Thomas Keel is a Professor at the School of Building Construction at Georgia Institute of Technology. He is a respected and influential individual within the building control sector, having extensively experienced the industry from both an academic and corporate setting.
In this special guest blog, Thomas Keel, Professor at the School of Building Construction at Georgia Institute of Technology, discusses convergence and its impact on engineers and product manufacturers in the controls industry.
To understand the power of convergence, we must first define and determine what convergence truly is. Imagine random strands of unconnected twisted wire. Convergence happens when all those strands of wire are fused together to become one.
Regarding intelligent buildings, smart cities, and the Internet of Things (IoT), the goal of convergence is to have devices that are intended to work perfectly when first connected, without reconfiguration, adjustment, or by the addition of an intermediary device, sometimes referred to as a gateway.
We live in interesting times, for in a way, society and culture push against convergence. Industry is not monolithic; it does not stand apart from the society in which it operates. Industry is part of a multidimensional entity that lives in a sociocultural-political environment that celebrates diversity and individualism. In this environment convergence and integration are almost anathema.
With the advent of direct digital control (DDC) each manufacturer developed their own protocol to monitor and control the myriad of devices that make up what is known as the building-controls industry. Therefore, each building was branded by which controls manufacturer won the contract to install the building’s control system.
What was lacking was open interconnectivity/integration between disparate systems. This anchored each building to a specific product manufacturer and unless the building owner was prepared to entirely change out systems, they had to continue purchasing additional equipment, software, and firmware from the manufacturer of the originally installed system. Personally, I was involved in one of those wholesale system changeovers whereupon the initial phase took three years and continued being an ongoing ordeal as new interconnectivity/integration problems were discovered.
Understanding this dilemma, building owners began demanding “plug-and-play” interconnectivity, forcing controls manufacturers to begin working together. In other words, they demanded interoperability. Now, it is reported that many control device manufacturers are collaborating to pre-integrate their systems, although hard verification is not easily available.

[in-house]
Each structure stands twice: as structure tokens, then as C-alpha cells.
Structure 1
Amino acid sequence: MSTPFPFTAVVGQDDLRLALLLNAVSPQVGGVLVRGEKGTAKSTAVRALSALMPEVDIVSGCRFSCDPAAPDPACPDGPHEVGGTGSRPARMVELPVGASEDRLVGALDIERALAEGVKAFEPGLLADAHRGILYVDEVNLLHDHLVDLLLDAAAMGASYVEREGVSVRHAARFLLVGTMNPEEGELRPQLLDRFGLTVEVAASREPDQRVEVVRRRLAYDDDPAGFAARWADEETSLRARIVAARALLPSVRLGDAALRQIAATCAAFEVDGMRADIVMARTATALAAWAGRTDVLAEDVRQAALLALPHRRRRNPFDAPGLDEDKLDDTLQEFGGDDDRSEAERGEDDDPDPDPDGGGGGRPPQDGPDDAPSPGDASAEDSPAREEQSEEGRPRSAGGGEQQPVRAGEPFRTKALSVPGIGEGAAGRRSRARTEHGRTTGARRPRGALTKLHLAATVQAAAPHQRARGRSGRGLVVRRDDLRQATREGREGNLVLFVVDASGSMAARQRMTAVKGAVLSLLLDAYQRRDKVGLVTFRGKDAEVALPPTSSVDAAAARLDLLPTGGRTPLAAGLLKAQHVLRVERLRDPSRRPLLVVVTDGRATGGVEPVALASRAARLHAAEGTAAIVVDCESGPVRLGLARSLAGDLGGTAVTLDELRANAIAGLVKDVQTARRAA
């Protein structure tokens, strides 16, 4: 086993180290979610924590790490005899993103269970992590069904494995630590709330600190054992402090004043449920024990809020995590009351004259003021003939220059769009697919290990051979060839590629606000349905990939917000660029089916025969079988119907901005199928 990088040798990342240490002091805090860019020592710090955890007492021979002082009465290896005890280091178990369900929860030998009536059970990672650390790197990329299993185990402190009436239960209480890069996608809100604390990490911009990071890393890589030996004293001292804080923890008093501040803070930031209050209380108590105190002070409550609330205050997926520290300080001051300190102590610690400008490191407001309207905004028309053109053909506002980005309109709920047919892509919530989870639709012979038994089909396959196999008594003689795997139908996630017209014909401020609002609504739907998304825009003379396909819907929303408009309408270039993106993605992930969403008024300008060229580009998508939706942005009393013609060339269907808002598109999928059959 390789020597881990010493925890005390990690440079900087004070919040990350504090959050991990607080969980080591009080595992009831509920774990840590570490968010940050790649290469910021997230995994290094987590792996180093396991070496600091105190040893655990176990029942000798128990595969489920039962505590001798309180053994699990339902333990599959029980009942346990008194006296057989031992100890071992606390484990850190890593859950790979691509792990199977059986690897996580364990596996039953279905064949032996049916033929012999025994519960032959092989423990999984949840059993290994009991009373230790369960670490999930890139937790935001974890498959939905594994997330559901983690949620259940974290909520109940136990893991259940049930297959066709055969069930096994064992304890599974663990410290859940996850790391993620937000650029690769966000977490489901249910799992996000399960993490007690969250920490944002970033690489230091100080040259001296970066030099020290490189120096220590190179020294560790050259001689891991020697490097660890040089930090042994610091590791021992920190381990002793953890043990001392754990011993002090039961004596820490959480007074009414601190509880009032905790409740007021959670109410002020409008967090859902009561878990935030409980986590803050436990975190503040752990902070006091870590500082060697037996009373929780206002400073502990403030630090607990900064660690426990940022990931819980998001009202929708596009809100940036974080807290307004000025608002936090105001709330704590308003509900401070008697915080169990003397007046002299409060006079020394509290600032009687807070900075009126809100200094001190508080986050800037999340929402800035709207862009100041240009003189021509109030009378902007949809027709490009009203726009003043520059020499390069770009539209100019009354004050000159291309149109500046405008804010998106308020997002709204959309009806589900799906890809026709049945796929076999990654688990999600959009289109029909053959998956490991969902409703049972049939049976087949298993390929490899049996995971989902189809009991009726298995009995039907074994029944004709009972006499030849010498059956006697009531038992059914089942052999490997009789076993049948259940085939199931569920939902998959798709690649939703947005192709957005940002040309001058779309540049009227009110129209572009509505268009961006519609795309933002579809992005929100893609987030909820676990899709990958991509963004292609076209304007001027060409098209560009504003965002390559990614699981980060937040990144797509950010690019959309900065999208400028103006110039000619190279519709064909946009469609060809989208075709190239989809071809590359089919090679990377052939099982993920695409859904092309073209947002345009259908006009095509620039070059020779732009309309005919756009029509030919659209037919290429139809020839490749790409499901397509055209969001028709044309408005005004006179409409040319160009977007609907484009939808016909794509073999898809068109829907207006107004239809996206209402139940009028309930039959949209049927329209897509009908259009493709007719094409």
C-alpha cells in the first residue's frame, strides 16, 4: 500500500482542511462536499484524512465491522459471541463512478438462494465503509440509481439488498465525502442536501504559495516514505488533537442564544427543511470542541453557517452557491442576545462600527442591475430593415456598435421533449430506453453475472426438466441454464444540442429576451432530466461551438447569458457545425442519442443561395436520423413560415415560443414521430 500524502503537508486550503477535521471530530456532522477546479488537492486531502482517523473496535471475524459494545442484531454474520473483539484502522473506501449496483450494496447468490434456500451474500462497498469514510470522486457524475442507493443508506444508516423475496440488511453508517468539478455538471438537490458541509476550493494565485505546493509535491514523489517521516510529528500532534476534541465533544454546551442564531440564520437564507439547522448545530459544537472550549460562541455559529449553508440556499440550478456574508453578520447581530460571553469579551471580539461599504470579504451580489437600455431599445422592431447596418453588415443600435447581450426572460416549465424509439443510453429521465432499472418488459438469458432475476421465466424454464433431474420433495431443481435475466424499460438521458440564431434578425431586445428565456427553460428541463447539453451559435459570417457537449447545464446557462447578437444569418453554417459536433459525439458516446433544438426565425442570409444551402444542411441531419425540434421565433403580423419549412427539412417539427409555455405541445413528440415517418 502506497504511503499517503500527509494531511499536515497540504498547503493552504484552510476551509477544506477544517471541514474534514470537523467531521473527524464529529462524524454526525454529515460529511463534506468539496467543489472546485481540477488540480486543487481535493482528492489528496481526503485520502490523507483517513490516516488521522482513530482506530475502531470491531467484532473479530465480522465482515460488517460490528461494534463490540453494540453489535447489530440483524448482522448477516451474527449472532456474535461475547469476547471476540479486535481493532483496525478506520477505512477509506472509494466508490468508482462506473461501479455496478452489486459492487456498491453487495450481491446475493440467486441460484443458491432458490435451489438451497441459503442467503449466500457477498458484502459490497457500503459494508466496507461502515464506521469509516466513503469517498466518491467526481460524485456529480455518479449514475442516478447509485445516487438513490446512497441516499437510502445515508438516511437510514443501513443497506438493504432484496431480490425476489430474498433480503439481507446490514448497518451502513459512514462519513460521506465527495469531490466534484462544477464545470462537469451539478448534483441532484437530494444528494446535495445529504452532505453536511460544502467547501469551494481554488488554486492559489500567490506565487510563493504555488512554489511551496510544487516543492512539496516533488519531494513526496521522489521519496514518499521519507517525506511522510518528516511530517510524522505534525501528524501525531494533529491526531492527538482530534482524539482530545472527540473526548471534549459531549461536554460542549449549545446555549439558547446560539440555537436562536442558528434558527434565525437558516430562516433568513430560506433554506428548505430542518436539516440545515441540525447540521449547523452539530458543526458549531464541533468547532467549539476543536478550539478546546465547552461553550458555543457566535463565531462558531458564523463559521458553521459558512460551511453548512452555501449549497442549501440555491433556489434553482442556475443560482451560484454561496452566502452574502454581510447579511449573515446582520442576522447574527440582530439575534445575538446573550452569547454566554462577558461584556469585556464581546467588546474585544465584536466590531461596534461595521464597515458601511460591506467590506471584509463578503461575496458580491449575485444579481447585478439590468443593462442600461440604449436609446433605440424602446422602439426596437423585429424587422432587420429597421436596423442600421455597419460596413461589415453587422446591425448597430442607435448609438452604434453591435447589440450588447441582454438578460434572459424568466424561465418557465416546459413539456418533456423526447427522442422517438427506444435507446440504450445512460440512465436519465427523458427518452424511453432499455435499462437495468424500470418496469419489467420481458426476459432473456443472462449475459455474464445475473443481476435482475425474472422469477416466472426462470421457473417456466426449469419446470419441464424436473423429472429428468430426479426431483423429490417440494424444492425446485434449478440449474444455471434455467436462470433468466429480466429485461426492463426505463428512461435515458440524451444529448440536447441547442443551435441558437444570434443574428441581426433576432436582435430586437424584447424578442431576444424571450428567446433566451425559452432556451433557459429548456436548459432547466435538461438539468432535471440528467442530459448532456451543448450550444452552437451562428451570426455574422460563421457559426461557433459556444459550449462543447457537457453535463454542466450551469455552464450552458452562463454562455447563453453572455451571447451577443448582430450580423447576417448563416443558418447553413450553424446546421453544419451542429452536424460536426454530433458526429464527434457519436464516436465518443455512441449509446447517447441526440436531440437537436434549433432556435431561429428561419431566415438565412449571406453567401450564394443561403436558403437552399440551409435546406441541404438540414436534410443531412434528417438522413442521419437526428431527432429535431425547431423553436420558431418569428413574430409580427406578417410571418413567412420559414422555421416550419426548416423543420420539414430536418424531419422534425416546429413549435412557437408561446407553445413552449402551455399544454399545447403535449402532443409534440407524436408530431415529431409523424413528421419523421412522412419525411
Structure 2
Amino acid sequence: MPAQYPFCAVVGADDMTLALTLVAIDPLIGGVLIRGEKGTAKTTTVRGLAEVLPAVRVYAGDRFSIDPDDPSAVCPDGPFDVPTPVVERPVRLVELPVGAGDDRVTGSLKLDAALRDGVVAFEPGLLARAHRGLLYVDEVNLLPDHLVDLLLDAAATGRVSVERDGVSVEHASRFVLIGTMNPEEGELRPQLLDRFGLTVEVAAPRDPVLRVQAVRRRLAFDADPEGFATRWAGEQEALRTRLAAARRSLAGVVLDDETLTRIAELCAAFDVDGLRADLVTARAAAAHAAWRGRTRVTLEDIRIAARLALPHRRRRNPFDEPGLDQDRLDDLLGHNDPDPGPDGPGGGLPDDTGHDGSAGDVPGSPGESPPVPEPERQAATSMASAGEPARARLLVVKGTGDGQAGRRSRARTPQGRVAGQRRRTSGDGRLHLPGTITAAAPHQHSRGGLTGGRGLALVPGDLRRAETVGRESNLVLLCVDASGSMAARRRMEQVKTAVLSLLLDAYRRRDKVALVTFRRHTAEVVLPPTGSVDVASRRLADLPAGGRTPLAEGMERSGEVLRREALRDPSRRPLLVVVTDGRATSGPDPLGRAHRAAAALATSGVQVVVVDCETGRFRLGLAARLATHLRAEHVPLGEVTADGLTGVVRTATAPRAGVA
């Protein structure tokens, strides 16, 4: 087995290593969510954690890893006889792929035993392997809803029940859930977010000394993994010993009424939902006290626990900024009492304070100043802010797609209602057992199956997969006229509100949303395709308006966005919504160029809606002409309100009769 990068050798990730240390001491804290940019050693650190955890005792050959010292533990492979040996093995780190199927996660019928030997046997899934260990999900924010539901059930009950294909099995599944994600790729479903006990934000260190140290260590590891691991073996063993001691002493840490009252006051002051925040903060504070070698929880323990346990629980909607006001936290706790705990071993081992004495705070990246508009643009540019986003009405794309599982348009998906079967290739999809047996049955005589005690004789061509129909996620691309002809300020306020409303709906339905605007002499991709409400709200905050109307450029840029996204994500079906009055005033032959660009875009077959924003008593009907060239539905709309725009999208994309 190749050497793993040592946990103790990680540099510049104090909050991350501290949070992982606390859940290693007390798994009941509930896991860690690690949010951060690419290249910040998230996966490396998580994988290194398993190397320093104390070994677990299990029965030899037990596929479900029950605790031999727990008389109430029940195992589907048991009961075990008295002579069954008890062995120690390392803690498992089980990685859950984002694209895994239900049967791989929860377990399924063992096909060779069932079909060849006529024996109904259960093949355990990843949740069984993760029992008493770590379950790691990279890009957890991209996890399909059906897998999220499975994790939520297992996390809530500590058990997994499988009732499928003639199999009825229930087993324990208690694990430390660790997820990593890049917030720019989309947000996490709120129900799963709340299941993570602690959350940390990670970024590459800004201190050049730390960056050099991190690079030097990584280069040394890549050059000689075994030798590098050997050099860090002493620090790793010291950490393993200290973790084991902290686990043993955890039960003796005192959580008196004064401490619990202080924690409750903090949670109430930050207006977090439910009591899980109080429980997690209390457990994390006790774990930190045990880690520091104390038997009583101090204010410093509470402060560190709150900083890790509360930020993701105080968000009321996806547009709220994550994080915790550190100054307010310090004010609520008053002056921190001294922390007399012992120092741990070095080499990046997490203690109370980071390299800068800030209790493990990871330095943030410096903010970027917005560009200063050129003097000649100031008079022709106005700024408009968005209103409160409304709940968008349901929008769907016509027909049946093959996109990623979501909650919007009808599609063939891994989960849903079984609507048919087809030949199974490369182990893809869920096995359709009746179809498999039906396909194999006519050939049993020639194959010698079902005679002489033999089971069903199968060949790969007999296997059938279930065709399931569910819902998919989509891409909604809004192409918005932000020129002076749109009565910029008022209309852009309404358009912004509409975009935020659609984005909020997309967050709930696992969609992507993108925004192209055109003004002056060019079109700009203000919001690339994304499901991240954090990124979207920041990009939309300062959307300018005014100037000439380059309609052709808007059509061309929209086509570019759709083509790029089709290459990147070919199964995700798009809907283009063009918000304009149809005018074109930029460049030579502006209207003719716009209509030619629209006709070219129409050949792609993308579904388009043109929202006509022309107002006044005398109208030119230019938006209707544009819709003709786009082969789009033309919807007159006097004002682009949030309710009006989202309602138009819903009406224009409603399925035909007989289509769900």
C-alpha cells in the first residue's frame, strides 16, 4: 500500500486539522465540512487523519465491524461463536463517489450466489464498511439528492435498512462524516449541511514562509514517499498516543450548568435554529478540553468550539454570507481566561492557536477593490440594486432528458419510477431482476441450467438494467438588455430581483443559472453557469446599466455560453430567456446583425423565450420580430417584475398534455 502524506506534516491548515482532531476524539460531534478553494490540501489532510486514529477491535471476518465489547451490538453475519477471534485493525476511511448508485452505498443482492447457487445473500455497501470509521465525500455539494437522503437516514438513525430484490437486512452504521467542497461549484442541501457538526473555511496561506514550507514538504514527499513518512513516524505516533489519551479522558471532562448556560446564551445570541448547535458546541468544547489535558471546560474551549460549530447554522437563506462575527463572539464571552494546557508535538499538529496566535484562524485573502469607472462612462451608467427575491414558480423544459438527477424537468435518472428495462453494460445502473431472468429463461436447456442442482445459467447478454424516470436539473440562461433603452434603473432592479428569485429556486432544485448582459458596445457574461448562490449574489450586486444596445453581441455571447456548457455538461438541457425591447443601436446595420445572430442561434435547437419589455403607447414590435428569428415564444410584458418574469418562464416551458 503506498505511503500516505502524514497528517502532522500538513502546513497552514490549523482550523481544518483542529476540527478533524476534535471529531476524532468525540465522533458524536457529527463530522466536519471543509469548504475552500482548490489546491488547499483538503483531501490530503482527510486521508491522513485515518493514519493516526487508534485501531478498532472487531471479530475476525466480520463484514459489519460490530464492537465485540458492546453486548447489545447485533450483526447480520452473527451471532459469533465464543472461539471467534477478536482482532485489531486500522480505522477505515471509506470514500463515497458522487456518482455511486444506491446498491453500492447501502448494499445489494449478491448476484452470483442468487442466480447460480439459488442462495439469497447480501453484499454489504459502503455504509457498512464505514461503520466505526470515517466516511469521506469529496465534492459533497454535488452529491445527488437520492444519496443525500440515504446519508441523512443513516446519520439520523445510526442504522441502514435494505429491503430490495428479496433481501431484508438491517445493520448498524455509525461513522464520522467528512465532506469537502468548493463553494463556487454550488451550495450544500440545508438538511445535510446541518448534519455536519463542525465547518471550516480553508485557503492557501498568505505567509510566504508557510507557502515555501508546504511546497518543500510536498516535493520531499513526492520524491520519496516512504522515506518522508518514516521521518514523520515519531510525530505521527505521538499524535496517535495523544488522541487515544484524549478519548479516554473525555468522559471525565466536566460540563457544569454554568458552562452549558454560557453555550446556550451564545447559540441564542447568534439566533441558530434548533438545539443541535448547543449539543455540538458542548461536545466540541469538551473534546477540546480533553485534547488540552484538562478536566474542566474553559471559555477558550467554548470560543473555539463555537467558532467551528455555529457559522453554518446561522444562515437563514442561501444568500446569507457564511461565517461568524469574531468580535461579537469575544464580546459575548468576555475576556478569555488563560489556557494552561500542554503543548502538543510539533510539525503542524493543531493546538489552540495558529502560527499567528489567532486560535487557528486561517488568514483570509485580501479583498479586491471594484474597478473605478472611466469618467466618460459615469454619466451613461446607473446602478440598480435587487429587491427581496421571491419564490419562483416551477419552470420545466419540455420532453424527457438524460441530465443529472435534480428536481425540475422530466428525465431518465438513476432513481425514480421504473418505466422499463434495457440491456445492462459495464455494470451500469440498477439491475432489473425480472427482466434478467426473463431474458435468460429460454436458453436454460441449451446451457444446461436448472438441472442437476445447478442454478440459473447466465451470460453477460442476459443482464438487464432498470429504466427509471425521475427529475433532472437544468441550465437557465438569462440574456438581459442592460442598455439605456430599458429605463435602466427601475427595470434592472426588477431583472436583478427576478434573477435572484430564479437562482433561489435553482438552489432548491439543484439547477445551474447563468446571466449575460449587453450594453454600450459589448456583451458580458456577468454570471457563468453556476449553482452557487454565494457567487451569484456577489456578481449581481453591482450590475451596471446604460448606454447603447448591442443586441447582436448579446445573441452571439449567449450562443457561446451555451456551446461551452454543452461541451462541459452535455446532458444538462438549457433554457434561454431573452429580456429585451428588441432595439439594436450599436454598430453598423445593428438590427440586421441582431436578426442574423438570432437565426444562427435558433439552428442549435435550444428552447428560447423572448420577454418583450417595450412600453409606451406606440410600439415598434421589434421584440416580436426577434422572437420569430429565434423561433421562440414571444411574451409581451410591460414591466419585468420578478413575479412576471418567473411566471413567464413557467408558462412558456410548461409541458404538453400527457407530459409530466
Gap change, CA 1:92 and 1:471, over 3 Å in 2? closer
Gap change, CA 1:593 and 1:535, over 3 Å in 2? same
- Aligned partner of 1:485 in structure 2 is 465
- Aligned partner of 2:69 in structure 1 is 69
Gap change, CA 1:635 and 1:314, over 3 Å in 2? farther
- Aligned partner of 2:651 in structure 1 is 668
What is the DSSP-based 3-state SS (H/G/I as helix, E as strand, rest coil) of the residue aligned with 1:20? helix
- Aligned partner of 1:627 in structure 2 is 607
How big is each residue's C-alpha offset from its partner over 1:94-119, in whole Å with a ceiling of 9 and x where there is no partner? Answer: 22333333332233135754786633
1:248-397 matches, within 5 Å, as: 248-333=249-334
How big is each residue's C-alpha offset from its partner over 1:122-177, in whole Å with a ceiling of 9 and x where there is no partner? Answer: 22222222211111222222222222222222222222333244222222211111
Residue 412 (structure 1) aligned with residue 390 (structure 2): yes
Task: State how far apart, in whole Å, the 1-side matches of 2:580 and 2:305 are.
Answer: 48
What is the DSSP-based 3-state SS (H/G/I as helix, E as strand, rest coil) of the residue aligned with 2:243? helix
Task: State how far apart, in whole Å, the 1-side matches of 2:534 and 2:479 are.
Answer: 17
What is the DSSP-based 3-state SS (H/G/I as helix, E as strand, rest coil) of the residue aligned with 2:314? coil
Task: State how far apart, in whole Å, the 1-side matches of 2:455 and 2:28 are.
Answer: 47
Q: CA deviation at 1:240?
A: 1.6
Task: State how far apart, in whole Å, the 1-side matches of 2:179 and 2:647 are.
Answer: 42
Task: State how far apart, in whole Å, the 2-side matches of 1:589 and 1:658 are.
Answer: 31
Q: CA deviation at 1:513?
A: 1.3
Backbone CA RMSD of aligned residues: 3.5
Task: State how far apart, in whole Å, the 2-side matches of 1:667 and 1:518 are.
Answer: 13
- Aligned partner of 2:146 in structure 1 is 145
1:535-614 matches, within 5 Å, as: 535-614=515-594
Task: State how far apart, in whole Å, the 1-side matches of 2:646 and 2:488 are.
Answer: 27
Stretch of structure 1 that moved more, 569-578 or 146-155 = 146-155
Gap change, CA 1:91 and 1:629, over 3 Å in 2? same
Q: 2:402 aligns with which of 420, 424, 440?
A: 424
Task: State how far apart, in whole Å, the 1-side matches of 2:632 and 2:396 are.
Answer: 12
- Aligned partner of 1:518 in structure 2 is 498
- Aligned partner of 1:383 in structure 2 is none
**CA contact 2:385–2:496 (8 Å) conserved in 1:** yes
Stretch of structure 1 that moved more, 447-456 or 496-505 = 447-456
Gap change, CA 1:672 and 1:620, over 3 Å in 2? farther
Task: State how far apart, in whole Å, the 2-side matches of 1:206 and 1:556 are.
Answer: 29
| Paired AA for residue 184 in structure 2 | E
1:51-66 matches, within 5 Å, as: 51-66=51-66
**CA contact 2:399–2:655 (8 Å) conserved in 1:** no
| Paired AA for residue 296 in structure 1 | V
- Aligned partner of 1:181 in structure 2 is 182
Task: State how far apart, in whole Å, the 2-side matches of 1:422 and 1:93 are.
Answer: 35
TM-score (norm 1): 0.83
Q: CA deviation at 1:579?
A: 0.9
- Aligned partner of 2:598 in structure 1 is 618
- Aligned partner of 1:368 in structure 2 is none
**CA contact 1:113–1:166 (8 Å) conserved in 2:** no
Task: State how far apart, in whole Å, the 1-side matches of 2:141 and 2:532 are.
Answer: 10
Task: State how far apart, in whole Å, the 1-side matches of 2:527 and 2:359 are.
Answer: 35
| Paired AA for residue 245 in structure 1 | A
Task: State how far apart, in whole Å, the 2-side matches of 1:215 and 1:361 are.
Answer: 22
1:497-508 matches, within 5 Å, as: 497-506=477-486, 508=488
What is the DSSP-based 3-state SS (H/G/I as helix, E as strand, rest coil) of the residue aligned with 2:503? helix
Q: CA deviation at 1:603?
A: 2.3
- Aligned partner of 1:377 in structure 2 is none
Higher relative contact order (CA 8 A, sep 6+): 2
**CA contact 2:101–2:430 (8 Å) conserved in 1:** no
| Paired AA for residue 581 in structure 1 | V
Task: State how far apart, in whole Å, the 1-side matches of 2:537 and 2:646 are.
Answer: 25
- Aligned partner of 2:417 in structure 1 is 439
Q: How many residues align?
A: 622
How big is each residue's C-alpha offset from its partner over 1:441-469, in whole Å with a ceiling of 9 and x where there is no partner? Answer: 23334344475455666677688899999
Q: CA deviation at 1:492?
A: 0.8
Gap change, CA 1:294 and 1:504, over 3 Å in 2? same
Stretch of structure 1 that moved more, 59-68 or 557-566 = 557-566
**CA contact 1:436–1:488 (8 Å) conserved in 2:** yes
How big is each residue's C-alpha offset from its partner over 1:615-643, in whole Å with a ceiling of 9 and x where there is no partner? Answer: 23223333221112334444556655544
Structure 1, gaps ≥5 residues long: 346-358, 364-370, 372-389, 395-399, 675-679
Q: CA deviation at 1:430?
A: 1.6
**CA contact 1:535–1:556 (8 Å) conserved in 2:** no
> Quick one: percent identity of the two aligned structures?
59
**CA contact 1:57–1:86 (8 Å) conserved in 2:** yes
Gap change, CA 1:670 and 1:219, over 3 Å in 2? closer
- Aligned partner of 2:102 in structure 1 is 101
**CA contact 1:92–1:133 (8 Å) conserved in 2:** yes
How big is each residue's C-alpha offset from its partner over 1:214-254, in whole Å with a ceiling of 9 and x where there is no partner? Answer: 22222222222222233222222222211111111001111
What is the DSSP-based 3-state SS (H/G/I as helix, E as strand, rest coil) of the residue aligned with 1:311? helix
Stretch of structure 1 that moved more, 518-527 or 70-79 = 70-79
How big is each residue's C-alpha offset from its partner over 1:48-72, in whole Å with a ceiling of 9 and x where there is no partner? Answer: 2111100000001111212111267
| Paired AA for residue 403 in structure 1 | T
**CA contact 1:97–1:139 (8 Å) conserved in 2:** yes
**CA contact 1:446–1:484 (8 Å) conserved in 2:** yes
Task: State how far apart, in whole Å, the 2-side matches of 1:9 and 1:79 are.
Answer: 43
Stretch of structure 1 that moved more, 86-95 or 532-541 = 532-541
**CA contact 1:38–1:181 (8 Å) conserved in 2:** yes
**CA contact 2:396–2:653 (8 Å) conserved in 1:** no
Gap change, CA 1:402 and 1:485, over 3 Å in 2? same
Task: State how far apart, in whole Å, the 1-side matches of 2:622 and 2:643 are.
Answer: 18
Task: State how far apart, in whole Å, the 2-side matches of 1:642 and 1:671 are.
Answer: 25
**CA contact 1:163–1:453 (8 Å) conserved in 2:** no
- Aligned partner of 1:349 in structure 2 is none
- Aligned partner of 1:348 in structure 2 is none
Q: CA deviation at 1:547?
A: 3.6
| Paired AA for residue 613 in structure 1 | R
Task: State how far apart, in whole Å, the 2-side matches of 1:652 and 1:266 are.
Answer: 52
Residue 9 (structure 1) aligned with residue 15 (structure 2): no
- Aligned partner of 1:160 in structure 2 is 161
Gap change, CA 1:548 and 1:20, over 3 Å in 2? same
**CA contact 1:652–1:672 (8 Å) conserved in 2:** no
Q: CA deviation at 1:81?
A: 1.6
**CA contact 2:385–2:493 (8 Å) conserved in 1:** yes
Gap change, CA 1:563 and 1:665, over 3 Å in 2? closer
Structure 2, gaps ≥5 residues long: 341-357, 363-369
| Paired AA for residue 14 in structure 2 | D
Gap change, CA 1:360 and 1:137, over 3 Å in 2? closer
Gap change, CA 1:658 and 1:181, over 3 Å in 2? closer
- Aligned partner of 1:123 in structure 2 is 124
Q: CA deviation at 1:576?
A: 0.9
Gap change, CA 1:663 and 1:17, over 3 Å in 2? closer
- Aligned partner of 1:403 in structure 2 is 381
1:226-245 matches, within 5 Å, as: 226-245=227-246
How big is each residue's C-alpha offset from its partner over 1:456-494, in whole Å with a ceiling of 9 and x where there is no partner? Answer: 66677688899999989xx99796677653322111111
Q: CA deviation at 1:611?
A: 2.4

This has opened up an entirely new industry known as systems integration with a new class of industry professionals known as system integrators. System integrators, act as a bridge, connecting disparate systems by locating or manufacturing gateways that translate signals from one device to another language of the device to which it is connected. System integrators and system integration can reduce the risk of system malfunctions but are not the solution; integration and integrators are merely temporary, yet necessary, Band-Aids/plasters.
The real solution is found in universal standards and protocols. What if every computer manufacturer had their own set of peripheral requirements forcing the consumer to purchase all of their peripheral devices from the manufacture of their computer?
Leading and influential figures from the controls industry profess to the importance of convergence and the interoperability of standards, with Jim Brandt Vice President of Product Management at wot.ie saying: “the proliferation of standards means that no single standard has yet become the one and only standard. Only time will tell which standard(s) will emerge. Until then, openness to different standards is the order of the day. Given the varied landscape, there are a few approaches to get some value from the available standards and avoid possible incompatibility between different parts of the infrastructure.”
The search for standards of interoperability, interconnection, and integration within the global building controls industry is vital for its future. Those working within this sector need to have a full understanding of the terminology of the intelligent building/smart cities industry and successfully transverse the minefield of convergence, integration, interconnectivity, and interoperability with deft skill so as to emerge on the other side with a fully functioning system while working towards the day of total industry-wide convergence.